One of the most useful discoveries to mankind in the field of physics is Archimedes’ principle. Based on this principle, a device called a hydrometer was developed which helps in measuring the density of liquids with ease. According to the principle, a solid that floats or is immersed in a liquid appears to lose its weight which is equal to the weight of the liquid displaced by the solid. Whether a given solid drowns or not in a given liquid depends on the density of the solid in comparison with that of the liquid. For an easy approach, we consider the relative density of the substance, which is the ratio of the density of the substance to the density of water, which obviously has no units but a mere number. If the relative density of the given solid is greater than that of the given liquid, it drowns in the liquid as there is a net downward force on the solid after it gets completely immersed in the liquid. If the relative density of the liquid and that of the solid are equal, then the solid just floats or drowns. This implies that the solid immerses in the given liquid and stays suspended at the kept position. If the relative density of the given solid is lesser than that of the given liquid, it floats in the liquid.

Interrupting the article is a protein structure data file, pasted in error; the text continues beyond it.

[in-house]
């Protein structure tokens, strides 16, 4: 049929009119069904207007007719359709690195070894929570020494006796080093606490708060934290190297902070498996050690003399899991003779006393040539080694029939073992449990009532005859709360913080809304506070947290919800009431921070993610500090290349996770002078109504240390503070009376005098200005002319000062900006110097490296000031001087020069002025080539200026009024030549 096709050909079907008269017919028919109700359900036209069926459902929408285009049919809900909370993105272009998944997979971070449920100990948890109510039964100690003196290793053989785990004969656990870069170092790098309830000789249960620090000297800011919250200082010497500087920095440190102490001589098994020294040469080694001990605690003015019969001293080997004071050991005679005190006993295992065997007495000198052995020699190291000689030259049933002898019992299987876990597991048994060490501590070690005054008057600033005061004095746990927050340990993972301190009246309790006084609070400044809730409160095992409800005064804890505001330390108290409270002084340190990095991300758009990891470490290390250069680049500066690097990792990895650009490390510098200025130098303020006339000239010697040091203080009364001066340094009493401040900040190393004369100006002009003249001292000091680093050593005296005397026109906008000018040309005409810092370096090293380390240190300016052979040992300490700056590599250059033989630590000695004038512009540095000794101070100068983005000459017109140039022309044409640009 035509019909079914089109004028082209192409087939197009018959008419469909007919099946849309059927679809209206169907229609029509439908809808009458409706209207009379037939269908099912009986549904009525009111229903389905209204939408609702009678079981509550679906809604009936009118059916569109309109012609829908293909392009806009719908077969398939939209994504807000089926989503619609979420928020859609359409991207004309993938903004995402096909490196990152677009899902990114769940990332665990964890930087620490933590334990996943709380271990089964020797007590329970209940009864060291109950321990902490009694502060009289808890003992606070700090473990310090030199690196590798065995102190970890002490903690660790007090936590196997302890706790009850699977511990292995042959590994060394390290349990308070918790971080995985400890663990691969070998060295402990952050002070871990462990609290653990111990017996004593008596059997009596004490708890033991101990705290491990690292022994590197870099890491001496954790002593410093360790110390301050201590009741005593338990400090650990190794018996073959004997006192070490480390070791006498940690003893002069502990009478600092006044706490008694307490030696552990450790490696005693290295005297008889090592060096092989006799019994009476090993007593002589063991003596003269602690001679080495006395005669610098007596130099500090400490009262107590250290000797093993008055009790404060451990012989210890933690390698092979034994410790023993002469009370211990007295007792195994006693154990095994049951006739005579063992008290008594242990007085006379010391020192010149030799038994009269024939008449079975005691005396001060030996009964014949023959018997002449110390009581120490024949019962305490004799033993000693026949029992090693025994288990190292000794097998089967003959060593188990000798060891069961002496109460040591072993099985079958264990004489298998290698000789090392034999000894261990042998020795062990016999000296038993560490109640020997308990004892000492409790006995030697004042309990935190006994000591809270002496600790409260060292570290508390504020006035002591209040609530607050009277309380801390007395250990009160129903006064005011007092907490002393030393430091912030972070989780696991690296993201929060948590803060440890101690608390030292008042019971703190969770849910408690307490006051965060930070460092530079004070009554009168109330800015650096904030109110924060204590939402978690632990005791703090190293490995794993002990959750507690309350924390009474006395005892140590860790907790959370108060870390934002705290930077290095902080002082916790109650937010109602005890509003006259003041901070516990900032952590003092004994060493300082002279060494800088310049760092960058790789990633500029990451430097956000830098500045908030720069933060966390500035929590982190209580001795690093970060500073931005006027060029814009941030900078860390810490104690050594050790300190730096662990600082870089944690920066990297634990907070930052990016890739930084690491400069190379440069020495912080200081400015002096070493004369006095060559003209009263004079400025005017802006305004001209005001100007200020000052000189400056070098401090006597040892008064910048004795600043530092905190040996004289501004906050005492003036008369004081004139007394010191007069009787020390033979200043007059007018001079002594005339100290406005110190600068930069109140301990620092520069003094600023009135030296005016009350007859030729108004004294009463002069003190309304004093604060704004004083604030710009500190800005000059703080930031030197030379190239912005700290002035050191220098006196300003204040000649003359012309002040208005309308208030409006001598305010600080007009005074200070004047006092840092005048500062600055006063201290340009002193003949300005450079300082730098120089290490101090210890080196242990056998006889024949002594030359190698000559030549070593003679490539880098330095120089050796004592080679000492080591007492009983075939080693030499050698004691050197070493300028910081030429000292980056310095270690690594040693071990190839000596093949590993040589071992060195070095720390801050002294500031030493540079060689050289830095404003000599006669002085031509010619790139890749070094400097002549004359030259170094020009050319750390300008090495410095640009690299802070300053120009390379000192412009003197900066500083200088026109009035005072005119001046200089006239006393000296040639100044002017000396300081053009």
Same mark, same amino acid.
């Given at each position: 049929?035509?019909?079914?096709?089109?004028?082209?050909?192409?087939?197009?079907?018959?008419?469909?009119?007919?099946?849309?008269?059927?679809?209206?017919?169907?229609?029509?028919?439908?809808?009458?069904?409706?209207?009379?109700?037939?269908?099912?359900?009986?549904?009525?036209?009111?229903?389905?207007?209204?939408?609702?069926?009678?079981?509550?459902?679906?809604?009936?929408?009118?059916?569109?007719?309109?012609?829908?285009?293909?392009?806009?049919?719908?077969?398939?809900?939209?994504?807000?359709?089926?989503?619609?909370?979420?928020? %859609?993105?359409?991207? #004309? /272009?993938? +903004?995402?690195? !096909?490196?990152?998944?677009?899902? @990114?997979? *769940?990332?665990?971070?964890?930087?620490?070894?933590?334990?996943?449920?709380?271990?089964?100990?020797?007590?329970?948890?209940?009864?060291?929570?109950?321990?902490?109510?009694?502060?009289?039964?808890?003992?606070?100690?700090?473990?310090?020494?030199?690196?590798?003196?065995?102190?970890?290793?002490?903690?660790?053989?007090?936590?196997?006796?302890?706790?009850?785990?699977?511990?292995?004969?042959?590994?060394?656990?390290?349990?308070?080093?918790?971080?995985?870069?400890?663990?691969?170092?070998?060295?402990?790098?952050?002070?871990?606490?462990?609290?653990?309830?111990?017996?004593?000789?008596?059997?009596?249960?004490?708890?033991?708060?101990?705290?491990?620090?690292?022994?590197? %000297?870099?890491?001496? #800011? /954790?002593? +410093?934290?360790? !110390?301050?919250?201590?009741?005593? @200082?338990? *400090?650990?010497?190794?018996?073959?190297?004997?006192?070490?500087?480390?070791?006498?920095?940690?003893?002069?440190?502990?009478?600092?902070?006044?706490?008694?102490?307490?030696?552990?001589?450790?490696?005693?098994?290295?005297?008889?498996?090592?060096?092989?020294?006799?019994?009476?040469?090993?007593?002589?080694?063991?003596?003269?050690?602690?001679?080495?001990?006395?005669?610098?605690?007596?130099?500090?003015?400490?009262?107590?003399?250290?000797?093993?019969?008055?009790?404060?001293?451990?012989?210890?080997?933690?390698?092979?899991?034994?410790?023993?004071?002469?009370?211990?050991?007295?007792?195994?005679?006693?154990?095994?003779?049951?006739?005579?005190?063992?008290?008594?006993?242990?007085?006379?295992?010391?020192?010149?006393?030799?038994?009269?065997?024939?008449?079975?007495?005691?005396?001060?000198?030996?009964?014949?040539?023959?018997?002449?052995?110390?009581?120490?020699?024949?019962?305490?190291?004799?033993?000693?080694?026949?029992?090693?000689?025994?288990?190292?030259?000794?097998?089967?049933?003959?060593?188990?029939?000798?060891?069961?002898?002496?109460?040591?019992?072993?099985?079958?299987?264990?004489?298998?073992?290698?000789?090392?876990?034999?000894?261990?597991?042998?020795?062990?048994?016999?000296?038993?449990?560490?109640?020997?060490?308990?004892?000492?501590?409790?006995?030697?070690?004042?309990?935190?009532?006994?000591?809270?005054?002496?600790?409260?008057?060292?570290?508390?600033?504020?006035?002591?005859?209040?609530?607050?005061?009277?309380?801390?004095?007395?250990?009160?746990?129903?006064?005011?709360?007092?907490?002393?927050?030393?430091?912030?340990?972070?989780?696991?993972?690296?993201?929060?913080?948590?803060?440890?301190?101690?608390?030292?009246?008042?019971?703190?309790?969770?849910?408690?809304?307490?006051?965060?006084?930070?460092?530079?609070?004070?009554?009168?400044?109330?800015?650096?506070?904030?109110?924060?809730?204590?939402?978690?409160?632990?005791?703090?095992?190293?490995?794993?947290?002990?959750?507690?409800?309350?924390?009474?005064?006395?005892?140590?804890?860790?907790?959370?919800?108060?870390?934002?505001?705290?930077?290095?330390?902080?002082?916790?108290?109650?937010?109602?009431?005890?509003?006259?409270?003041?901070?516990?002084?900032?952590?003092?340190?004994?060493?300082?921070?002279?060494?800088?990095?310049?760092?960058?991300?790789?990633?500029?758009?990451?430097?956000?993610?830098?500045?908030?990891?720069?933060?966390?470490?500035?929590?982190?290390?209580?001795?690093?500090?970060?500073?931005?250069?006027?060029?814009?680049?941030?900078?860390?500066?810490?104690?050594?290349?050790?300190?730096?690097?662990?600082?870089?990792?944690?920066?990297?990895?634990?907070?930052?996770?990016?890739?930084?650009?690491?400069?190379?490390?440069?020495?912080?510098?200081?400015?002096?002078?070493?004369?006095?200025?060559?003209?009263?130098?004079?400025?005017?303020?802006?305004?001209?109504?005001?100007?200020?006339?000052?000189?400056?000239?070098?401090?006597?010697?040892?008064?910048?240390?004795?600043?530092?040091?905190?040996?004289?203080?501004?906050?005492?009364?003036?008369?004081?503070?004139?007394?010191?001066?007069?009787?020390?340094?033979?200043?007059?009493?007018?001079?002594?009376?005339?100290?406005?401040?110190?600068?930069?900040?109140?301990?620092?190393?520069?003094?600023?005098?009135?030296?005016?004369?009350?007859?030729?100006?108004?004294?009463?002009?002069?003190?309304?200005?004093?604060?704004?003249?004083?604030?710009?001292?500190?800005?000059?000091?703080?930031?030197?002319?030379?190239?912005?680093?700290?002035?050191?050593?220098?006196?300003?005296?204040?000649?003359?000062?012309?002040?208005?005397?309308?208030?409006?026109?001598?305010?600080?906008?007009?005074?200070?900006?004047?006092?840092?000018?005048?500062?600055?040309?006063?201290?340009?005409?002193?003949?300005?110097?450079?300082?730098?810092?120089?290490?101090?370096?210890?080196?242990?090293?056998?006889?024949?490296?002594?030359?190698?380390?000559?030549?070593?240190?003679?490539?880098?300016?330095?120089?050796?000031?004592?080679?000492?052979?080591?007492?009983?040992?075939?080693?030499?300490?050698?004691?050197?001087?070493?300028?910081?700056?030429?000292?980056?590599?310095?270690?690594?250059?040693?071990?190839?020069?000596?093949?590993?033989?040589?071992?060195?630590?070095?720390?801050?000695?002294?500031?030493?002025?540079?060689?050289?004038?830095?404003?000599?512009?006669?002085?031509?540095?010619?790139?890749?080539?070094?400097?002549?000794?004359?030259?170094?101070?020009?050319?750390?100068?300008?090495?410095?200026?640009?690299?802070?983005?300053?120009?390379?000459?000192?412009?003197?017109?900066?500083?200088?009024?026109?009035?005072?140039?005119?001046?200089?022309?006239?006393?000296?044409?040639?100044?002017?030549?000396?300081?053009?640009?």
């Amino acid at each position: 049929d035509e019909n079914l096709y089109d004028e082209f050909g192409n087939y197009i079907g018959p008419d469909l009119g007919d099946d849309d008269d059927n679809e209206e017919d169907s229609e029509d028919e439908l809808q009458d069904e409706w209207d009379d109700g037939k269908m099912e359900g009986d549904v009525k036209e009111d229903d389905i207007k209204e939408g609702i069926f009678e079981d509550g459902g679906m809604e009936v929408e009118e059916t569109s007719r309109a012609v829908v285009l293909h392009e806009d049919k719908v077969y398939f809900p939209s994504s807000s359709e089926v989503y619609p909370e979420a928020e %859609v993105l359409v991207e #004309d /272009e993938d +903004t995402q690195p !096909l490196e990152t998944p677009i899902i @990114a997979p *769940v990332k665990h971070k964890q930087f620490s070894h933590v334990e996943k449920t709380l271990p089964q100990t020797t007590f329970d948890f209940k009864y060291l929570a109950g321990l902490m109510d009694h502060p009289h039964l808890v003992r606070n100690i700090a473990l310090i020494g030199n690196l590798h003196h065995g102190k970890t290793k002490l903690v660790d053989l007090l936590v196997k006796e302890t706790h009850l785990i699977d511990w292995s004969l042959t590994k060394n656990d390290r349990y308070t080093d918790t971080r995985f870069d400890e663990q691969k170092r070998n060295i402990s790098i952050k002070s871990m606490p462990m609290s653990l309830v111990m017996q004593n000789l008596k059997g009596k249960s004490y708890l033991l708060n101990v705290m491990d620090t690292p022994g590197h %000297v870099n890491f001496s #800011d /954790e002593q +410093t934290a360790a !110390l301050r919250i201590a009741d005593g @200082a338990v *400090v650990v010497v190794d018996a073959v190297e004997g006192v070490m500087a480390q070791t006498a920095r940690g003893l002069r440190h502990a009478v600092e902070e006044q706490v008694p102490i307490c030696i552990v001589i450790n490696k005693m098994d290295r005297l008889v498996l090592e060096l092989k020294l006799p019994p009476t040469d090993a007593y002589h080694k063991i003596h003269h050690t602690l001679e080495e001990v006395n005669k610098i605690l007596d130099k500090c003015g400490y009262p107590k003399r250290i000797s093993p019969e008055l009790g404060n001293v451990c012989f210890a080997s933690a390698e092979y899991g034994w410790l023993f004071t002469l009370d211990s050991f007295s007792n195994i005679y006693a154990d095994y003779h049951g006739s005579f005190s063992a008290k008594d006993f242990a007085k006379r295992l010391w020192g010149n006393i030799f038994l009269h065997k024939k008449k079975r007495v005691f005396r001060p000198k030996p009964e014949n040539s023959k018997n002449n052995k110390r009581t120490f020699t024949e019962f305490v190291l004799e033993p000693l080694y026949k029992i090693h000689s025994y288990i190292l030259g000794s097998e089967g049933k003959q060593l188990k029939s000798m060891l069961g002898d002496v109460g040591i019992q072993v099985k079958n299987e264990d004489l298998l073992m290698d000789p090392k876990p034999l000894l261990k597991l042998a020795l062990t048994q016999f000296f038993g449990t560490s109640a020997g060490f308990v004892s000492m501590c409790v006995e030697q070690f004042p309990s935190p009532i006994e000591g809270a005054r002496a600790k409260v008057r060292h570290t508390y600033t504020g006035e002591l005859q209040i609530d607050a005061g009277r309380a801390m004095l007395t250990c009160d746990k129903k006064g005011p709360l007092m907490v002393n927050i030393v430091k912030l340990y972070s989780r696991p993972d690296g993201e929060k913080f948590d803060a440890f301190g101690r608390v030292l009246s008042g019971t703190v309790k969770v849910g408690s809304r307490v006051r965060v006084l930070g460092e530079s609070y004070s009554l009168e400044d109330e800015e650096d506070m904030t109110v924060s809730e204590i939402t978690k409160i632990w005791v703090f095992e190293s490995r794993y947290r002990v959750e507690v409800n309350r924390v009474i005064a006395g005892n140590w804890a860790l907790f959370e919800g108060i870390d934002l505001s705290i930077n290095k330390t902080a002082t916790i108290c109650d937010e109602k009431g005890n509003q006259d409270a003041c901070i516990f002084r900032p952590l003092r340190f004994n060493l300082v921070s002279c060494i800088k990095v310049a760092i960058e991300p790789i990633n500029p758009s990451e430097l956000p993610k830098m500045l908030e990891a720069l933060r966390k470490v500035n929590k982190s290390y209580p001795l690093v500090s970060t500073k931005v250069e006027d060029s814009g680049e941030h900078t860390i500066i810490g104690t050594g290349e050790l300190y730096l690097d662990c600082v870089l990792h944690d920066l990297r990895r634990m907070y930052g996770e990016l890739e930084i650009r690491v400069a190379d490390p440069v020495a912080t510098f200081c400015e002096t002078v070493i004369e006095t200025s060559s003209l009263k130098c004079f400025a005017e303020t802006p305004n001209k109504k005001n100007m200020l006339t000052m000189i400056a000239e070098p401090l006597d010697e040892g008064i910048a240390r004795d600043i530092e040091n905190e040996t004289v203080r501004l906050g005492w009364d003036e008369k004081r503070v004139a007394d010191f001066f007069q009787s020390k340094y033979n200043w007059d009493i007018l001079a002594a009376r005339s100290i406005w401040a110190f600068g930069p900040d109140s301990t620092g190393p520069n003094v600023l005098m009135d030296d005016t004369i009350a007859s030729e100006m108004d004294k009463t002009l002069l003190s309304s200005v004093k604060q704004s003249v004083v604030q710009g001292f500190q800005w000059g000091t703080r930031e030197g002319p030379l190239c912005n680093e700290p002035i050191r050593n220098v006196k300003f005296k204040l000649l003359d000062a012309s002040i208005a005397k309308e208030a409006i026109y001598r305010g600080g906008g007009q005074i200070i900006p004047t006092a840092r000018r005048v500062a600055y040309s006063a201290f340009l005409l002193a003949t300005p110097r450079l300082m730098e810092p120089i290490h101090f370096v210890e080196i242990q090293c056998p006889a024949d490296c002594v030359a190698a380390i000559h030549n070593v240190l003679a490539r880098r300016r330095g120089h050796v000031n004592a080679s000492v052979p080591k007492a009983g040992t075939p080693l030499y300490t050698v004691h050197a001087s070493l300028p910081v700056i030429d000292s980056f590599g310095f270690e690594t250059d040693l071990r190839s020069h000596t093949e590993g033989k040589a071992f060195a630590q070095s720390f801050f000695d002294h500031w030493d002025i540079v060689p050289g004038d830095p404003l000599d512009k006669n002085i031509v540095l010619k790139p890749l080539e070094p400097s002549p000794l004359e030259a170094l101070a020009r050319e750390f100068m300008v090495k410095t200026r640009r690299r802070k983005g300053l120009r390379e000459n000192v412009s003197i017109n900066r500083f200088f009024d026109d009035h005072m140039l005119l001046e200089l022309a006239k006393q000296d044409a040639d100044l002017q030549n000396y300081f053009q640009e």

This happens due to the upthrust or buoyant force of the liquid acting on the solid. The relative density of a floating solid in a given liquid gives the measure of the percentage of the solid that lies below the surface of the liquid.